On November 30 Morínigo announced in a noontime radio address that "The people and the Army from this moment will be under a single command." All political parties were banned and he established a military dictatorship. In his coup and subsequent rule he was greatly helped by the 1940 Constitution that was written by Liberals and Estigarribia and had greatly increased the powers of President.

To strengthen his authority, on February 4, 1941 he removed influential colonel Peredes from the post of Interior minister. On April 17, 1941 he suppressed a febrerista uprising by supporters of the February Revolution.[4]

On April 25, 1942 he banned the Liberal Party, accusing them of conspiring with the Bolivians and exiled Party’s leaders.[5] His only remaining supporters were radicals from the Colorado Party and army. During his dictatorship, Morínigo faced widespread resistance, including general strikes ar military revolts, but he survived by maintaining the loyalty of the Paraguayan Army, which received 45% of the country's budget.

Morínigo relied on the right-wing Colorado faction Guion Rojo (the "Red Banner") led by Juan Natalico Gonzalez, as a paramilitary police force to intimidate febreristas and Liberals. Opposition newspapers were shut down and publishers exiled.[6]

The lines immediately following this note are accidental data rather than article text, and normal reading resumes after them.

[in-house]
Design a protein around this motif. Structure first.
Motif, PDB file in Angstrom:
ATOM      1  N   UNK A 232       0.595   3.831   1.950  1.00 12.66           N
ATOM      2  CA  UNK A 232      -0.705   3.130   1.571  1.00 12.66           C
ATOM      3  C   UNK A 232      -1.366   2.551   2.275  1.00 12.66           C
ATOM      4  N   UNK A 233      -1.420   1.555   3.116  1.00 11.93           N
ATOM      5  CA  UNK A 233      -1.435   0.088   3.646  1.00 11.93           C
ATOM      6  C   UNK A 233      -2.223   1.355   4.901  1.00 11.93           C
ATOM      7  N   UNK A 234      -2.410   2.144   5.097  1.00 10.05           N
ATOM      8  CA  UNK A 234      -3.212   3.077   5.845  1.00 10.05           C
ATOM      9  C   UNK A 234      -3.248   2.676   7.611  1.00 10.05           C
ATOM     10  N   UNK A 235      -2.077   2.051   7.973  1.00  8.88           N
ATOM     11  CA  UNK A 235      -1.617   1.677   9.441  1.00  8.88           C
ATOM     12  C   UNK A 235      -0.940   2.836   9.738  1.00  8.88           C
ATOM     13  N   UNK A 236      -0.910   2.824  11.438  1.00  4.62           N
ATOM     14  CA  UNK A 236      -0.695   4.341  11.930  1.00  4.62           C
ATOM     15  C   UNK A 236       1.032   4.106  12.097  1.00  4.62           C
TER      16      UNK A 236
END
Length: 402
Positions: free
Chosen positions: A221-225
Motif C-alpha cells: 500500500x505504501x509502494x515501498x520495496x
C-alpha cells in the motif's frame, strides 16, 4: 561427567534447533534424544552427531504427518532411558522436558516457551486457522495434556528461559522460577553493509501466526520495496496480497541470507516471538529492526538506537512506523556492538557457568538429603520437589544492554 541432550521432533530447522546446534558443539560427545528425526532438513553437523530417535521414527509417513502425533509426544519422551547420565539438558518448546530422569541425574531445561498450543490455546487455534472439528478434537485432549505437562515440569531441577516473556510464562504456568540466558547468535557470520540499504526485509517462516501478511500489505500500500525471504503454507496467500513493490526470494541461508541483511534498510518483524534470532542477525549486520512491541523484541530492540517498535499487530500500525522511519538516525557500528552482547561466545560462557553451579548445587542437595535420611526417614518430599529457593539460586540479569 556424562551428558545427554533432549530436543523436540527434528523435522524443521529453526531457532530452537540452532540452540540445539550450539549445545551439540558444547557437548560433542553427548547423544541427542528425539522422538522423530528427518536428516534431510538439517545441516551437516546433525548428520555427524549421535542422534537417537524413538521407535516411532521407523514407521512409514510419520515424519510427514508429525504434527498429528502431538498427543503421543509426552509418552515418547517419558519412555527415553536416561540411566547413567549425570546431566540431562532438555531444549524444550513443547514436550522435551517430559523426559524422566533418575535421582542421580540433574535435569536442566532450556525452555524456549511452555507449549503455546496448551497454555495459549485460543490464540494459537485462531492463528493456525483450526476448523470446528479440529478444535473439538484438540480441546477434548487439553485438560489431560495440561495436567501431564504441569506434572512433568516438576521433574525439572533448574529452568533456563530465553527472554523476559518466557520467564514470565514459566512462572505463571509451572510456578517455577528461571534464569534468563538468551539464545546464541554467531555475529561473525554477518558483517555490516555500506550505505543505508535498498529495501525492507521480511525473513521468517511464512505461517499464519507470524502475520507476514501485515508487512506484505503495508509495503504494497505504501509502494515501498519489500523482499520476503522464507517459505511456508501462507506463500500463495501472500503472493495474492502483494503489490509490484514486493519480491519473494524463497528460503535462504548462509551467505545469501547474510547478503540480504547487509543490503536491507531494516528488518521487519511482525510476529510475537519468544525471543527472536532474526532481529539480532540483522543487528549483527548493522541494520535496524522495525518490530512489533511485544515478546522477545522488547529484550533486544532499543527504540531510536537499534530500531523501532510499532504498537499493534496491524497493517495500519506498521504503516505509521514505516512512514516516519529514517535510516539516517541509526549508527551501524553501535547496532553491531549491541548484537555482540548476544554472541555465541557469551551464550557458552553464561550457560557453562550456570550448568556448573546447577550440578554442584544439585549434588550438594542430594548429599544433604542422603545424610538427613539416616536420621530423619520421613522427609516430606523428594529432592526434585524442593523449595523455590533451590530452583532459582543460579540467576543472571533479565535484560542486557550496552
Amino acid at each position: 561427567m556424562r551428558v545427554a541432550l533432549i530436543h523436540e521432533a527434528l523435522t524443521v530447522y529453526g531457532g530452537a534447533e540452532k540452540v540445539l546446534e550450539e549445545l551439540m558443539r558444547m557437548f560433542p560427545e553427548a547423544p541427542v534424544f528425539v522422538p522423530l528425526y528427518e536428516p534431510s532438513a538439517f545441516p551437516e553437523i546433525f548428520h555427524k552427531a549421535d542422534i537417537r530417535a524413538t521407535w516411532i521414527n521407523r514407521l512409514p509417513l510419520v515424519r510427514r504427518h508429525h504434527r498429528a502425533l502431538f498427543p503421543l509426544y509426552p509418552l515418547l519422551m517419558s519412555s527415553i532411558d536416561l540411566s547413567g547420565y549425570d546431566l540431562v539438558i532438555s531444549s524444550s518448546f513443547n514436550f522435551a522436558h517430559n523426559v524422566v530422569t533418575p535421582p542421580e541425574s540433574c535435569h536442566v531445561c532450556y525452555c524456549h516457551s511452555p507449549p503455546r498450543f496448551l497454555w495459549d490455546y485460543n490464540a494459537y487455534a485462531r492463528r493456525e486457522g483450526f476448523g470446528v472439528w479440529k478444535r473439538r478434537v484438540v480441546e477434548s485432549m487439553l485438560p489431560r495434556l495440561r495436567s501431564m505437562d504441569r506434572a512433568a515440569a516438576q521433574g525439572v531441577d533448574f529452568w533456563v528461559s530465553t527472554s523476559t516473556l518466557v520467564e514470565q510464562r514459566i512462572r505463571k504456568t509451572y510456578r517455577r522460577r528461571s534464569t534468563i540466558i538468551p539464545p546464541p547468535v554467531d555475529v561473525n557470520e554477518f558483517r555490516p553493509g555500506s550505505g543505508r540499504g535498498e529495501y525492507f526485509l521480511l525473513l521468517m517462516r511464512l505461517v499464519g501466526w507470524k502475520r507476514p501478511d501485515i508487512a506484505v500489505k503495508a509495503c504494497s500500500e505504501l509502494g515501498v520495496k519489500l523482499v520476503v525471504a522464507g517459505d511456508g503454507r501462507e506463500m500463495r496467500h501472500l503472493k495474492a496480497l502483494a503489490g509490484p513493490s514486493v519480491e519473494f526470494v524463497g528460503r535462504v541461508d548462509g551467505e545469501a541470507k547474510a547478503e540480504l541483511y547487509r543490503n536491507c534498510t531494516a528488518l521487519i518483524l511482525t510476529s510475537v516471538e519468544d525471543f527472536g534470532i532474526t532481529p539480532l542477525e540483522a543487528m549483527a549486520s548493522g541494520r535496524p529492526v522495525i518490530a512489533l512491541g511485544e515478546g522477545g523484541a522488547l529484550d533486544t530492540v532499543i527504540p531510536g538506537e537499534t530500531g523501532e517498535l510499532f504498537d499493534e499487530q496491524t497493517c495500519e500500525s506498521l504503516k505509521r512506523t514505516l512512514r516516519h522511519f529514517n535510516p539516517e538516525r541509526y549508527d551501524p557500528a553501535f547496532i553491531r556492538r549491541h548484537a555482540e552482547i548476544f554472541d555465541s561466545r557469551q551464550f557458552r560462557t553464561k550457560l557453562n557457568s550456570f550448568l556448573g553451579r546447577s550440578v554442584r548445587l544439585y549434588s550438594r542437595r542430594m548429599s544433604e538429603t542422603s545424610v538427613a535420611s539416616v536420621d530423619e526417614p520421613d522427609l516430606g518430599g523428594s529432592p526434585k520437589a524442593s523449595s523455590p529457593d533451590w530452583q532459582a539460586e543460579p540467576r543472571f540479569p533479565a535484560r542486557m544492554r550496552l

In the rigged Presidential elections of February 15, 1943 he won as the only candidate.[7]

Pro-fascist sympathies[edit]

Just like in other South American countries, pro-Nazi and pro-fascist sympathies at this time were quite strong in the society and among military officers. The United States had to exert some pressure on Morínigo to limit influence of Axis supporters after the war started in 1941. He kept Paraguay neutral and officially declared war against Axis powers only in February 1945, without actually sending any soldiers to fight.

A surge of German influence in the region and Argentina's pro-Axis leanings alarmed the United States, which sought to wean Paraguay away from German and Argentine influence. At the same time, the United States sought to enhance its presence in the region and pursued close cooperation with Brazil, Argentina's traditional rival. To this end, the United States provided to Paraguay sizable amounts of funds and supplies under the Lend-Lease Agreement, provided loans for public works, and gave technical assistance in agriculture and health care. The United States Department of State approved of closer ties between Brazil and Paraguay and especially supported Brazil's offer to finance a road project designed to reduce Paraguay's dependence on Argentina.